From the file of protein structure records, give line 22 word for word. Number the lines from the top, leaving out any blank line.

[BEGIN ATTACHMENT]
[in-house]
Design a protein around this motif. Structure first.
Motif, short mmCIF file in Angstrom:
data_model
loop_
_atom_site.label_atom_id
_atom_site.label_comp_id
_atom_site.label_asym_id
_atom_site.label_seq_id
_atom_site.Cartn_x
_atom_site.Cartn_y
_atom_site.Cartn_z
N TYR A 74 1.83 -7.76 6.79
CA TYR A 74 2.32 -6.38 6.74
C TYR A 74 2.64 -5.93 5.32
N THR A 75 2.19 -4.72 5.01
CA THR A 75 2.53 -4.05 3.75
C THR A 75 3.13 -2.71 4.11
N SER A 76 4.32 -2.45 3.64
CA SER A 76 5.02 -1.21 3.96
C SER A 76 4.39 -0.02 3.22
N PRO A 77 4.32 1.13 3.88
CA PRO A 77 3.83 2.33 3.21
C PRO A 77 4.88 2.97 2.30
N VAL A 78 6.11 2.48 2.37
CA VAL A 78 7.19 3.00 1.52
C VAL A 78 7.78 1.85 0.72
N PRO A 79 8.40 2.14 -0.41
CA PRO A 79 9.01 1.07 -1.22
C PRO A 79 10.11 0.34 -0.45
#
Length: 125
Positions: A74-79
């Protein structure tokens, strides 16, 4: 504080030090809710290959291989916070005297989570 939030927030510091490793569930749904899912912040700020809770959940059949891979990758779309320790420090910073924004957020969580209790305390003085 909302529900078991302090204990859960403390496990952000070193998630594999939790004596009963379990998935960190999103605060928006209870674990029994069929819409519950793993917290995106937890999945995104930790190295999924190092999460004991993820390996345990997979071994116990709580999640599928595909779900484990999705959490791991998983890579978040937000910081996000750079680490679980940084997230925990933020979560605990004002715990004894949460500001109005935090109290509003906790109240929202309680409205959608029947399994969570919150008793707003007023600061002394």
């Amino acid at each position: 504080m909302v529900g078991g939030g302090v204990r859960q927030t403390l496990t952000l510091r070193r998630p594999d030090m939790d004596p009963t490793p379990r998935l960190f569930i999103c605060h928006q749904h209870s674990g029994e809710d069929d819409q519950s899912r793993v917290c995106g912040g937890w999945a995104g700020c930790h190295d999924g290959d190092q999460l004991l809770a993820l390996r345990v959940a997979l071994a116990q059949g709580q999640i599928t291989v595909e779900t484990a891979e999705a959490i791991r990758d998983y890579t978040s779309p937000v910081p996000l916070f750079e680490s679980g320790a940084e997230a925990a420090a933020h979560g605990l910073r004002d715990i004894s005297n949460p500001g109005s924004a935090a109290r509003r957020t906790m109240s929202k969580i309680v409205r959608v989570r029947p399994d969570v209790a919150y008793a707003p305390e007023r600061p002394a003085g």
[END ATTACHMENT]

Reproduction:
N PRO A 77 4.32 1.13 3.88